In the lead up to the centenary of the start to WW1 I agreed to (re) read A Testament Of Youth along with some other bookish Tweeters.
I first read the book in 1979 ( I know, say nothing!) following the fabulous BBC adaptation which was a huge hit at the time.
As a young woman hoping to go to University myself ( the first in my family), Vera’s story really spoke to me.
Testament Of Youth is a reminiscence written in 1933 by Vera Brittain, the mother of the politician Shirley Williams. It tells the story of Vera’s wartime service during World War 1 and the tragic fate of her generation.
The book opens before the start of the War and we find Vera desperate to get an education and attend university. She has encountered hostility to this from her parents although it is naturally assumed that her younger brother, Edward, will of course be sent away to school and then go to Oxford.
Vera was an early feminist and a socialist and she vividly recounts the stifling atmosphere of middle class life in Buxton where the family lived.
‘To me provincialism stood, and stands,for the sum-total of all false values; it is the estimation of people for what they have, or pretend to have, and not for what they are. Artificial classifications, rigid lines of demarcation that bear no relation whatsoever to intrinsic merit, seem to belong to its very essence, while contempt for intelligence, suspicion and fear of independent thought, appear to be necessary passports to provincial popularity.’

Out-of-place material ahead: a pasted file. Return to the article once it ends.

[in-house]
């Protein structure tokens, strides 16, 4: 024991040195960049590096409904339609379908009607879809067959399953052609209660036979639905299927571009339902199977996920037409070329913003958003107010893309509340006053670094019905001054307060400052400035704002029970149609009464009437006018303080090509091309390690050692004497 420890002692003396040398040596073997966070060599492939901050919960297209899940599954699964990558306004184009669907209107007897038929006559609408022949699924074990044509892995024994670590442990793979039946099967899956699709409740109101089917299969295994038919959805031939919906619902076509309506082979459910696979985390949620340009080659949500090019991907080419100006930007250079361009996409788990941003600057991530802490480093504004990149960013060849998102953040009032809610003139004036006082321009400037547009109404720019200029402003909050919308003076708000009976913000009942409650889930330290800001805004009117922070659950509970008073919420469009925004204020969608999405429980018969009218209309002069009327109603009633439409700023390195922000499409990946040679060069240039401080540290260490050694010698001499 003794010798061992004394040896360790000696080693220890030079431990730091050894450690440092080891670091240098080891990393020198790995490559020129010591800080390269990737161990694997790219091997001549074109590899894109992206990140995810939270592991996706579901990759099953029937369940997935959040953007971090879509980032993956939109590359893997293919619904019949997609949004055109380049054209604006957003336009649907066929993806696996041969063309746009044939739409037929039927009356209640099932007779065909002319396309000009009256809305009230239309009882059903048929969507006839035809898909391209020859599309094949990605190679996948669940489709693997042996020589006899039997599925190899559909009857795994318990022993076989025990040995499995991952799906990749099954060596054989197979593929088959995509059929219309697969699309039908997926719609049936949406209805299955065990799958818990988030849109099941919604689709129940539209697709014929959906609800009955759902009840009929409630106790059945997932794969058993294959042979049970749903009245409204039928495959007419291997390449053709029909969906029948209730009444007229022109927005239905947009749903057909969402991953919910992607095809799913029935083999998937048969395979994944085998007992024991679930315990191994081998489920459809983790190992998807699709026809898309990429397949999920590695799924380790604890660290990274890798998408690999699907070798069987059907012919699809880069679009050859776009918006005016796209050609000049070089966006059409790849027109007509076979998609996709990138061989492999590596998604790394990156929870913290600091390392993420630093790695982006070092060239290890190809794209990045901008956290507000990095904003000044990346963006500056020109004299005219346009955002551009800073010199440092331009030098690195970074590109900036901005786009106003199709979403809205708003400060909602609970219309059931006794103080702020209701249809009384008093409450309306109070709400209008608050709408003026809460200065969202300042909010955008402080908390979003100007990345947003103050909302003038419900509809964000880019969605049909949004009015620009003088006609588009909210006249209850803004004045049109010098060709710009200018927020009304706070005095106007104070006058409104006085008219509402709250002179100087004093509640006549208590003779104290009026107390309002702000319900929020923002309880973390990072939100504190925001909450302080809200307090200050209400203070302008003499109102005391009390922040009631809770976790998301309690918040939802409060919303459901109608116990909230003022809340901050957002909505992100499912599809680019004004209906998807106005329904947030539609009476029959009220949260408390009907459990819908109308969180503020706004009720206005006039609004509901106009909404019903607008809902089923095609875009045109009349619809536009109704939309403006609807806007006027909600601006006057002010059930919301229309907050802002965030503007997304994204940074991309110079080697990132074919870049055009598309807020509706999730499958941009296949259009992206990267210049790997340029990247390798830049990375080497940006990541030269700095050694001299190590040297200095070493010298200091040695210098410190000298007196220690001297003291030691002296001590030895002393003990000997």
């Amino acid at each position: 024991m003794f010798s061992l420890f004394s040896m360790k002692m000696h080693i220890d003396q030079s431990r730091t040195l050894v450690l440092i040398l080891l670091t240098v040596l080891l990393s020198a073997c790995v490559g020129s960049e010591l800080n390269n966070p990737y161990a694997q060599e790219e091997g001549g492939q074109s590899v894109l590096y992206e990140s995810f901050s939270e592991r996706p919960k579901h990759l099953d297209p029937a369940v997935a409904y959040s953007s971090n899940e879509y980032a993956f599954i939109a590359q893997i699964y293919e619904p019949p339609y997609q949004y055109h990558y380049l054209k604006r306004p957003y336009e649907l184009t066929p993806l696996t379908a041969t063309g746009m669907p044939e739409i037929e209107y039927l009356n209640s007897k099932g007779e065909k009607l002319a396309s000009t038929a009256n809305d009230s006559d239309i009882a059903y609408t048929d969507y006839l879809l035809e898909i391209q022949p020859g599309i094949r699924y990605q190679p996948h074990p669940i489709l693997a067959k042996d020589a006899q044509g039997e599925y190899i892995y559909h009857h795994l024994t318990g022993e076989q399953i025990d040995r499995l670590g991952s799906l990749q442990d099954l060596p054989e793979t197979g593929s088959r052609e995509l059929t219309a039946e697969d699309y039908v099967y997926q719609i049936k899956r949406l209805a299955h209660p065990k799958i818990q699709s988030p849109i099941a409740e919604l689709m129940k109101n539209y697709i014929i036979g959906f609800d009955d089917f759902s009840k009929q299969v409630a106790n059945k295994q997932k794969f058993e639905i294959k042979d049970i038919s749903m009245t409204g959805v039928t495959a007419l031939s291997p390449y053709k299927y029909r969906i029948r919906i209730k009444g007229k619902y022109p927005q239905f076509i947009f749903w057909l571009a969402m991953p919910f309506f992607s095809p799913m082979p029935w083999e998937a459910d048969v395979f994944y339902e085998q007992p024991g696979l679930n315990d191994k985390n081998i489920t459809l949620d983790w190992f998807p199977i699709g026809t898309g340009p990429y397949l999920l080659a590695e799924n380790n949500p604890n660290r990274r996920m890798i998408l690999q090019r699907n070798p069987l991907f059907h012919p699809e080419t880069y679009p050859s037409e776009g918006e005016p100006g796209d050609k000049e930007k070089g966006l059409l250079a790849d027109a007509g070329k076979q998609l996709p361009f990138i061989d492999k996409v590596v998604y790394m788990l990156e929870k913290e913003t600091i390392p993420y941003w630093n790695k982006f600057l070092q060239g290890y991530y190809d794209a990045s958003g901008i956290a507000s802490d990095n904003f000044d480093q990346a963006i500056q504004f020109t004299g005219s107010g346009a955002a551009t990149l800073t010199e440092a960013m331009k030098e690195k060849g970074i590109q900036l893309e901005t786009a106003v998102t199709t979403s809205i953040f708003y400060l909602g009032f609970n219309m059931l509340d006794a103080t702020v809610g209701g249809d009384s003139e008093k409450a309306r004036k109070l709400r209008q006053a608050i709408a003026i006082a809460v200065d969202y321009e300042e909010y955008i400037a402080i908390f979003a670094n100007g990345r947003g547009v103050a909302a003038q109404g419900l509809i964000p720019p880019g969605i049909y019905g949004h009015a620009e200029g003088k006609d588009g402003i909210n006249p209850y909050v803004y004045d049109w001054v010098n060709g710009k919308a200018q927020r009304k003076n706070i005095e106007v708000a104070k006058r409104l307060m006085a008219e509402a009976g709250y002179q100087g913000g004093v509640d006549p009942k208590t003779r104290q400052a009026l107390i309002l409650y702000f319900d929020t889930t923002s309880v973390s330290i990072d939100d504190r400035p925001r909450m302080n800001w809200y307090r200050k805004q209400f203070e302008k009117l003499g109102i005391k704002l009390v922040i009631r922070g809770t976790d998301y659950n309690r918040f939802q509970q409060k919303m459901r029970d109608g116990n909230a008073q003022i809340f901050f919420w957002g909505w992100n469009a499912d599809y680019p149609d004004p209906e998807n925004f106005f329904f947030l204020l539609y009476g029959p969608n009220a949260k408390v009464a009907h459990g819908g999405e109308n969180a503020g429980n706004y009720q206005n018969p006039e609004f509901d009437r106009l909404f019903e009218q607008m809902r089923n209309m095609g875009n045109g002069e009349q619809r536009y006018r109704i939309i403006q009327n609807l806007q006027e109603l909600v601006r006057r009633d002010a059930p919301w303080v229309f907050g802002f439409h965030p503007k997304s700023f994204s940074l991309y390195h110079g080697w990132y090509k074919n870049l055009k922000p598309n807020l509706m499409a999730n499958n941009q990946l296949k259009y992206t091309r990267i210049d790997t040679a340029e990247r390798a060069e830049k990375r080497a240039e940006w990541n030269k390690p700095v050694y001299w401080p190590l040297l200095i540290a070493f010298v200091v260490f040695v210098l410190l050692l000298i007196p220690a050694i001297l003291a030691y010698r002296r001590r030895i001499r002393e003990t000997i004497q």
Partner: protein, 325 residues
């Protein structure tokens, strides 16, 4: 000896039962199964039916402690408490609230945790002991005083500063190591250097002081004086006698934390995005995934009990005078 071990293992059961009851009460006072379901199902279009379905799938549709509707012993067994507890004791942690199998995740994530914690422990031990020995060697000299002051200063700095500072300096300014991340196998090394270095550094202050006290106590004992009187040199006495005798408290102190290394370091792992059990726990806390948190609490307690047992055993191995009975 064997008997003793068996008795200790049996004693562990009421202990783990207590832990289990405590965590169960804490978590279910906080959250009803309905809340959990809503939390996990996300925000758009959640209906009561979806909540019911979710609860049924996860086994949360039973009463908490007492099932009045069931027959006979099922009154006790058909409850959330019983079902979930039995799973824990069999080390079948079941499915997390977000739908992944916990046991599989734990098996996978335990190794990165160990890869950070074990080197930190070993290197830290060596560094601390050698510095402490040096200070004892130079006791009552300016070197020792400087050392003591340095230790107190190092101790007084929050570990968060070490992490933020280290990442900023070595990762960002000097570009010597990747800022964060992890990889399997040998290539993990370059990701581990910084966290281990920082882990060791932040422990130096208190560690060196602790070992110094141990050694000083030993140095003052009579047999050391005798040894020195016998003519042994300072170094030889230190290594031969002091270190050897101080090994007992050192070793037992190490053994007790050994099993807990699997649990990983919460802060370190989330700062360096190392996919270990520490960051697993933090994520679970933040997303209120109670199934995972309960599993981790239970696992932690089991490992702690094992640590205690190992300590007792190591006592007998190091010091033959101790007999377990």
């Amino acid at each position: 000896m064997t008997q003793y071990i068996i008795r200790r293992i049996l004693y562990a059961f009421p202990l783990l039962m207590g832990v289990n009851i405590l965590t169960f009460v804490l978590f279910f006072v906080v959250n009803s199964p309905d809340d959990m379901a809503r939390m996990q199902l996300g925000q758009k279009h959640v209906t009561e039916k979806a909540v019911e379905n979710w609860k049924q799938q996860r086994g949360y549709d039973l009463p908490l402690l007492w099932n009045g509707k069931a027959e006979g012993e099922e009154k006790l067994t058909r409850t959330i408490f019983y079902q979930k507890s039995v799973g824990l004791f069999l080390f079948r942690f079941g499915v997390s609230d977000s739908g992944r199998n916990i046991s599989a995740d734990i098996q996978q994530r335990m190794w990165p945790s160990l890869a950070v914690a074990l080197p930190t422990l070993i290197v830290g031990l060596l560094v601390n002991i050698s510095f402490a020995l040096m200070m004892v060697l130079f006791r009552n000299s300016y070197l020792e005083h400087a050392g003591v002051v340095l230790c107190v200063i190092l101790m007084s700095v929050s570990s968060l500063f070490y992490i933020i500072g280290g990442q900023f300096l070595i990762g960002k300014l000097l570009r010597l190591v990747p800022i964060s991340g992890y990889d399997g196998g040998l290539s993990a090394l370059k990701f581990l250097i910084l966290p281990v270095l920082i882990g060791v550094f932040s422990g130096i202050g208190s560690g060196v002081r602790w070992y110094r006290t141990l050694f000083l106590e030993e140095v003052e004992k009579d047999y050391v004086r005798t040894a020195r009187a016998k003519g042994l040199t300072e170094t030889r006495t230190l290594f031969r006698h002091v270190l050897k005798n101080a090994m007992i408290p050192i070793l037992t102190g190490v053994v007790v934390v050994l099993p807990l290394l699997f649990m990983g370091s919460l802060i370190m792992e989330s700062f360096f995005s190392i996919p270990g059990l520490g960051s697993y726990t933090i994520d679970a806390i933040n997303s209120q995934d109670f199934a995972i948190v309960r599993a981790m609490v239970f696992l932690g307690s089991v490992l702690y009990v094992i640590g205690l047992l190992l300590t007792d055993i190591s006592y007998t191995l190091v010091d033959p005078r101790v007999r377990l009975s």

She longs for an education and to become involved in intellectual and political life but finds that for women society allows very few options.
‘ It feels sad to be a woman!’ I wrote in March 1913 -the very month in which the Cat And Mouse Act was first introduced for the ingenious torture of militants.’Men seem to have so much more choice as to what they are intended for.’
Vera achieves her dream and goes up to Oxford in October 1914. Over the summer she had fully expected to be there at the same time as her brother, Edward, and his friend ,Roland Leighton ,with whom she has a growing romance. At the outbreak of war both Edward and Roland sign up and so Vera goes to Oxford alone.
With all those dear to her away serving, academic life seems seems increasingly irrelevant to her and in 1915 she defers her studies to become a VAD or volunteer nurse seeing service in London, Malta and France.
At the end of the war, Vera returns to Oxford only to find that her once cherished ambitions feel empty to her now and she has little in common with her fellow students who have not experienced war service. She find she is also one of the ‘surplus’ women for whom no husbands or work can now be found in Britain. She reads a newspaper article that suggests such women should seek work abroad to better their prospects and writes to a friend ;
Personally I haven’t the least objection to being superfluous as long as I am allowed to be useful, and though I shall be delighted for any work I may do to take me abroad, it will not be because I shall thereby be enabled the better to capture the elusive male.
Vera finds solace through her work lecturing for the League of Nations and in her friendship with the novelist Winifred Holtby.